I'm an atheist so I should probably find another term lol. It doesn't mean I have rose colored glasses ( though I'm a glass half full person about almost everything) but I still feel it's what I'm supposed to do in life. You can feel that way and still have really crummy, no good, bad days.

nursel56 specializes in Peds/outpatient FP,derm,allergy/private duty.

I was going to write what Grn Tea did but she did it better. Having been raised Catholic I had reason to ponder the Calling as it pertained to that percentage of girls who announced their intention to become nuns as we graduated from high school. A calling carries with it the implication that someone or something is calling you. Nowadays it can be loosely interpreted as having a spiritual component without the visitation from a celestial being.

Either way, it should never be used as a moral yardstick to determine someone's suitability to join our ranks.

I am sure that several were using the vernacular passes down from ages. Some might of felt it was God calling them to be a nurse but didn't feel like sharing the personal relationship with God to a room full of strangers. I, however, felt for me it was a calling from God. He has led, directed and sustained me in this place, I know because I was going to be a Physician Assistant and would have graduated with my masters in 2015 or 16 yet the Holy Ghost suddenly whispered, "no, do nursing". I have been told that there is not longer a shortage of nurses and only 1 class of my 50 some credits transferred for nursing. Yet, the more I learn the more I know this is what I am suppose to do, shortage or no. I was called to be a nurse. I feel it every day!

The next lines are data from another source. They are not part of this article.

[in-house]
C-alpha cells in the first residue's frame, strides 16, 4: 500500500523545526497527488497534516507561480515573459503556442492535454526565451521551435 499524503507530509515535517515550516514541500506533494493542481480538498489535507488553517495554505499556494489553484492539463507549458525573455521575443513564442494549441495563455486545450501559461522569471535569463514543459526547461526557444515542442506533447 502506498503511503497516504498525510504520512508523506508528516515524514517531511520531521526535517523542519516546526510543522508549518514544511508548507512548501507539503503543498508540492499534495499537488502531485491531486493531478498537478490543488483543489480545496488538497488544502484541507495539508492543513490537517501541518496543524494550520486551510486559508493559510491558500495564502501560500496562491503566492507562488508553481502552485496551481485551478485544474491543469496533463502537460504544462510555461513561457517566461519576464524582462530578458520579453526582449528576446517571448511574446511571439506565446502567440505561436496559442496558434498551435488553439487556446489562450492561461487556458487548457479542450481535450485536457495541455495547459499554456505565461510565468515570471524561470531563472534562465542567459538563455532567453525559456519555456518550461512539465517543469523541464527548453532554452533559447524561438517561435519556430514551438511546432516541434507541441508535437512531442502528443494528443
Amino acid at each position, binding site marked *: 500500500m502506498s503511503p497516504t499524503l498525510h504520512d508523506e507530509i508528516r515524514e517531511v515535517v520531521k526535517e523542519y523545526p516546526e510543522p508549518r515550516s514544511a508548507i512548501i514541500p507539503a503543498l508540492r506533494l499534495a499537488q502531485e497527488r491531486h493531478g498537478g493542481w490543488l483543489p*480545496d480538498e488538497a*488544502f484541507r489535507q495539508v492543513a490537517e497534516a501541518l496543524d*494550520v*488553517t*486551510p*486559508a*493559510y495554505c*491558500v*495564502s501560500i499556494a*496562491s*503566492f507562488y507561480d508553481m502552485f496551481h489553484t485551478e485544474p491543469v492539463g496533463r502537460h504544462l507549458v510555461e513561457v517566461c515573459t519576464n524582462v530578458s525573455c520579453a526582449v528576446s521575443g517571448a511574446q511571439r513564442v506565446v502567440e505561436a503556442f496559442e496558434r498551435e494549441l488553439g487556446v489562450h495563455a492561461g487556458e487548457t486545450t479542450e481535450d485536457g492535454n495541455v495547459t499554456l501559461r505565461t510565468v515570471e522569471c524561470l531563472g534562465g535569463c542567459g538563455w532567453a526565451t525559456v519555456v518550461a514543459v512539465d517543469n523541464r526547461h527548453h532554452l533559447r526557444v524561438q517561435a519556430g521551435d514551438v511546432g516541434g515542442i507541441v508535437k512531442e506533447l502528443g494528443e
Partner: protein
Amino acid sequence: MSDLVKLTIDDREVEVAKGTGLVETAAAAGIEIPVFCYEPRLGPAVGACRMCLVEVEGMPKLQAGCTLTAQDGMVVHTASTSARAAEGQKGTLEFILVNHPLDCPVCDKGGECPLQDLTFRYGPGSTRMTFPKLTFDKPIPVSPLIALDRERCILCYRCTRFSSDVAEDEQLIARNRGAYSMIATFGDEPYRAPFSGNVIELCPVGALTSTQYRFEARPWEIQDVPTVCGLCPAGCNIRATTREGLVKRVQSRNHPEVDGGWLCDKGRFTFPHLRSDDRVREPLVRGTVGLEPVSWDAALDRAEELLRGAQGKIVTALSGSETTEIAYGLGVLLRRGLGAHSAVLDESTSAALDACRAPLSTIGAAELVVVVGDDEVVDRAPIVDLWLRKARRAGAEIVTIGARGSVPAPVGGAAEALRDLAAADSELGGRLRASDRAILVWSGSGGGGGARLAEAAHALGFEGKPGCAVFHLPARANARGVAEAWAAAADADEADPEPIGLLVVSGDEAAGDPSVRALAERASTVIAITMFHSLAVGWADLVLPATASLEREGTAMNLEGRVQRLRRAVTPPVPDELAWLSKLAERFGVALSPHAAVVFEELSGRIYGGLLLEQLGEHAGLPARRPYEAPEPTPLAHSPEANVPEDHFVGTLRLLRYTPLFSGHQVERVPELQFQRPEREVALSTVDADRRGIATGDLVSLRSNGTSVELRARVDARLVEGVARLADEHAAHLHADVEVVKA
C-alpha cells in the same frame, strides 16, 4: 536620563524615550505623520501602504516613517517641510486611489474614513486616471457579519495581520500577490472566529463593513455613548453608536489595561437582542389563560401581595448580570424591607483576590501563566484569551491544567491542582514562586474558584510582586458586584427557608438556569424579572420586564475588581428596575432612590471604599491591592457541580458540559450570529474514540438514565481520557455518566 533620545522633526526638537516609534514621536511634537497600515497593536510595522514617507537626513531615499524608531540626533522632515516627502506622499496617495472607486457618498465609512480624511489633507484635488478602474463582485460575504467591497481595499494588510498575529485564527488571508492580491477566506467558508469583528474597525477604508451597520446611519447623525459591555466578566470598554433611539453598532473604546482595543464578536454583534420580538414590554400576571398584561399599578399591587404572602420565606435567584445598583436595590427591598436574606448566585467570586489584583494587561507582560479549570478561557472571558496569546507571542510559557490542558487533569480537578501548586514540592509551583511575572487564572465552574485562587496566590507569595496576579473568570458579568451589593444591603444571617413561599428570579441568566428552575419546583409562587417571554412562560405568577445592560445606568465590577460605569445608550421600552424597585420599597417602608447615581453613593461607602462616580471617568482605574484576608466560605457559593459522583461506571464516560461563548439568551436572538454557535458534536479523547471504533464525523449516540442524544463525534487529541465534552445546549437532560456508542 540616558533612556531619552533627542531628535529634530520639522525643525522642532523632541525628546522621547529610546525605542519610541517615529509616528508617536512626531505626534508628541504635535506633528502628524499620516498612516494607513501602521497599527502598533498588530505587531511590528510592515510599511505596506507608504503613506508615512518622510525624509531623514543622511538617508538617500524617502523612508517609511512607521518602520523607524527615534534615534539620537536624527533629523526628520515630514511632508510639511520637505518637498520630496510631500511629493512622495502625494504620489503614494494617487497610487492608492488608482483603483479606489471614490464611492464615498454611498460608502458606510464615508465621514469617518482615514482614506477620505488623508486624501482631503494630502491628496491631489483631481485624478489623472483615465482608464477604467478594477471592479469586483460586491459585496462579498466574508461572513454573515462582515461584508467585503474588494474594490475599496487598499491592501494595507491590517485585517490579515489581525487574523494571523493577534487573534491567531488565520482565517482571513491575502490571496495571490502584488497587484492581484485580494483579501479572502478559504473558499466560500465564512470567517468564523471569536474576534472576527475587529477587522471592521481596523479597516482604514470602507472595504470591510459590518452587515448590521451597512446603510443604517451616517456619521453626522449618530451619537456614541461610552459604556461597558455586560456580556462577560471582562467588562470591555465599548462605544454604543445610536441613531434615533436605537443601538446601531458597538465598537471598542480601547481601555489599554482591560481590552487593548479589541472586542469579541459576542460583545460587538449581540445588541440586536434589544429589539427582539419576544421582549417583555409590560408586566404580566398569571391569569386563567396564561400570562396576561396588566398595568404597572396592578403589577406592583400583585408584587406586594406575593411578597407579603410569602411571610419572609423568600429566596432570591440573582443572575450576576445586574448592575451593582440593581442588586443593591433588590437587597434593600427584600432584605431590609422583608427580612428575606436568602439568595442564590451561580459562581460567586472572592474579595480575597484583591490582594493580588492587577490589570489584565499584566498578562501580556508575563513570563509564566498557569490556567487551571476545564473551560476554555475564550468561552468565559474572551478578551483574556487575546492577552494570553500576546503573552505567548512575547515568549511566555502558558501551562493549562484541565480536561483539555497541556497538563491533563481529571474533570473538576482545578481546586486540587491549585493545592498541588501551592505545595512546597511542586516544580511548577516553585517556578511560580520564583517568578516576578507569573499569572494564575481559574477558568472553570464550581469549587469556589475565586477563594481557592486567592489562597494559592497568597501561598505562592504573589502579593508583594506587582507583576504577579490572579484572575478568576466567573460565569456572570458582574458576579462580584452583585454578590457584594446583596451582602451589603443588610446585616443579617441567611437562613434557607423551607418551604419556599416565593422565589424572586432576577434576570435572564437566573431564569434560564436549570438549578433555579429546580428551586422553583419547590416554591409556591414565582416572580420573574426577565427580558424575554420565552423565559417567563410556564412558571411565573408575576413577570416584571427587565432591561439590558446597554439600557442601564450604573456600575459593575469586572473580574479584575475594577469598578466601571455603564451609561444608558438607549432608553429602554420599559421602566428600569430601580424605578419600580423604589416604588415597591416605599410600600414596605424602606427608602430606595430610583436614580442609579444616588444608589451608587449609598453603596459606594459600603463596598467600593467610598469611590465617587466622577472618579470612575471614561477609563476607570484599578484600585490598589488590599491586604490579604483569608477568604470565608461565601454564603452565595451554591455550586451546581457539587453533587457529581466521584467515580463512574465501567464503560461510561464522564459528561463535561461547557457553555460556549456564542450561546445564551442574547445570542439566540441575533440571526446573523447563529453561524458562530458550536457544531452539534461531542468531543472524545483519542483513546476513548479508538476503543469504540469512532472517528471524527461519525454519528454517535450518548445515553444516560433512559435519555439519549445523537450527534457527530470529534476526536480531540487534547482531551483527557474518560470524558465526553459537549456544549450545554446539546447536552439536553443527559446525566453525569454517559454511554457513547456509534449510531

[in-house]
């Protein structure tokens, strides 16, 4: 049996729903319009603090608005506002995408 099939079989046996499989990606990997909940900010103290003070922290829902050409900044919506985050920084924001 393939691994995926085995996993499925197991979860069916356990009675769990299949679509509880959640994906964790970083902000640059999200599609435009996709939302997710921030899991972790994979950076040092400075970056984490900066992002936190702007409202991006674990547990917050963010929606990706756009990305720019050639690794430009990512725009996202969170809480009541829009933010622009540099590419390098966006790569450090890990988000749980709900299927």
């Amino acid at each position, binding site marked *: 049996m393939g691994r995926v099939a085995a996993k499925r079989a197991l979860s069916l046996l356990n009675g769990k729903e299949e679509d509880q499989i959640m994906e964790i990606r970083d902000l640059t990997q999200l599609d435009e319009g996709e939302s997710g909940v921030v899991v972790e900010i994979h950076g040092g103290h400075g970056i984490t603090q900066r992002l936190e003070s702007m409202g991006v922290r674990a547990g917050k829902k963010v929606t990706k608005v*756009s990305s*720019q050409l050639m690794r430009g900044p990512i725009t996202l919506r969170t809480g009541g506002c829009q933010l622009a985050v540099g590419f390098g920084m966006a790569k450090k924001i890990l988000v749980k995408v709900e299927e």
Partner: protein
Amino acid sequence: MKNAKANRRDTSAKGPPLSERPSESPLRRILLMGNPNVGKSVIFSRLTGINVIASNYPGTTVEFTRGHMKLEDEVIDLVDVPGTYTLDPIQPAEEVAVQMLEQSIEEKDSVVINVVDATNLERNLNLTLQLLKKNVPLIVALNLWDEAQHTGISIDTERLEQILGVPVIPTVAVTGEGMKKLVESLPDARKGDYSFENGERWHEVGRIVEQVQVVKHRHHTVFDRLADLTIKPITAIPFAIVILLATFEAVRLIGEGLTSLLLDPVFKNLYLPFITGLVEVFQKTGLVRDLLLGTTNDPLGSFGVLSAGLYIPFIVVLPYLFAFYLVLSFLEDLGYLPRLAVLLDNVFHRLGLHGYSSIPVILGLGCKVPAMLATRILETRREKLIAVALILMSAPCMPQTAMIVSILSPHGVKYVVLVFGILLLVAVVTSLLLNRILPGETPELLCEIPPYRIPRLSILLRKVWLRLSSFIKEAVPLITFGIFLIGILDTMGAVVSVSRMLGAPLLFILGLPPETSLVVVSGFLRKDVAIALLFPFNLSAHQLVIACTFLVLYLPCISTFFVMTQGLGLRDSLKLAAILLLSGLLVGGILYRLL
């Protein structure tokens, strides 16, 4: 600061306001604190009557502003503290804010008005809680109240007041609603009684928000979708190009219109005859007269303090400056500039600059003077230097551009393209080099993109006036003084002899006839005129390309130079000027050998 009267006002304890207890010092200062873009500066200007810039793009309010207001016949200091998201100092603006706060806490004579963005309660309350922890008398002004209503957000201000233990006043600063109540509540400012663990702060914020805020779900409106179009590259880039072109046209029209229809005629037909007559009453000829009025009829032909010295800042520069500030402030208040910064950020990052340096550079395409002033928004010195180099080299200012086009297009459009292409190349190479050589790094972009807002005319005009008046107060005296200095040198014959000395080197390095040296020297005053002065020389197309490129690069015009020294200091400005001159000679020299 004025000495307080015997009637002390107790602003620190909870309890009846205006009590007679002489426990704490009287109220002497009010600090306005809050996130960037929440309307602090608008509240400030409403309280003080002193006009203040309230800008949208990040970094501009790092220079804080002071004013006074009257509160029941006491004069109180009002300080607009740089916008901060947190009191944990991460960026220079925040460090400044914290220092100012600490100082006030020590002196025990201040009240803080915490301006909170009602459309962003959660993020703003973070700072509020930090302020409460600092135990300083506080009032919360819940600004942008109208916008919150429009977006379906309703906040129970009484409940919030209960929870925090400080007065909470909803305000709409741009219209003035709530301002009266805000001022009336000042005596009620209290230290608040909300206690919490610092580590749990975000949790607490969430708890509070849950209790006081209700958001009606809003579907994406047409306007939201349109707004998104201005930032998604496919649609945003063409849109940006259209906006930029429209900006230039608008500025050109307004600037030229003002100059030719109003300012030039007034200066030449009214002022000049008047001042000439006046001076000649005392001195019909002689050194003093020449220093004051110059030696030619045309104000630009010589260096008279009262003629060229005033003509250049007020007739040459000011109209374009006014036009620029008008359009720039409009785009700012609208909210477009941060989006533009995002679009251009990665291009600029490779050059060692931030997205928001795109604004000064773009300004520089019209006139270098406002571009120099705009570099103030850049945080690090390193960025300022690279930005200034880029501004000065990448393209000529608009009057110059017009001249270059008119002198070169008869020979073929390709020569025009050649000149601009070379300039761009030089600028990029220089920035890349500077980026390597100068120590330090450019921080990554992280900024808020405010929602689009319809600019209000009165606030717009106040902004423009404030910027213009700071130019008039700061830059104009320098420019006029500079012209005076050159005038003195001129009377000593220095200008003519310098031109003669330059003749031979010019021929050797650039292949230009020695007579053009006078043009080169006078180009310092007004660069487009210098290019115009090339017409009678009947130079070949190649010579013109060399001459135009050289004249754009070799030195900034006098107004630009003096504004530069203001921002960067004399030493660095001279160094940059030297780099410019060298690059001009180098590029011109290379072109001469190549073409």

Esme12 specializes in Critical Care, ED, Cath lab, CTPAC,Trauma.

The concept of "being called" comes from the old concept of being called to the religious life by God, though that is now a less-common use in modern times (see below). We still carry the remnant of that old feeling in our present word vocation, which is from the Latin (the old language of the Church) vocare, "to call."

Isn't language nifty?



noun1.a particular occupation, business, or profession; calling.

2.a strong impulse or inclination to follow a particular activity or career.

3.a divine call to God's service or to the Christian life.

4.a function or station in life to which one is called by God: the religious vocation; the vocation of marriage.


1400–50; late Middle English vocacio ( u ) n -ate1 ) + -iōn- -ion

When I was a little girl my bestest friend in the whole world confided to me that she stuffed cotton balls in her ears so she wouldn't hear "The Calling" to be a nun. All they spoke of was God giving you "The Calling" to devote yourself to God.

I told her it was Ok and she didn't have to use cotton any more because it was obvious we would not be hearing "The Calling"....when she asked why I told her it was "because we have hair silly".

How silly we were....sigh. How simple it was then.

I think some nurses do have a "Calling" some feel the inexplicable urge to be nothing else but a nurse. Historically nurses in the begining had to be unmarried and were expected to devote their lives to "The Calling" of being a nurse. Many "nursing programs" were run by the Nuns in the hospitals founded by the catholic church.

I wasn't called...and nursing seemed a good option at the time for good money, flexible hours, good benefits, and a steady job. We weren't paid much in those early days. Barely over minimal wage. But nursing became my "calling" in so many ways...I love my patients....even the drunk ones. I love doing the simple things to comfort people who are frightened and in pain.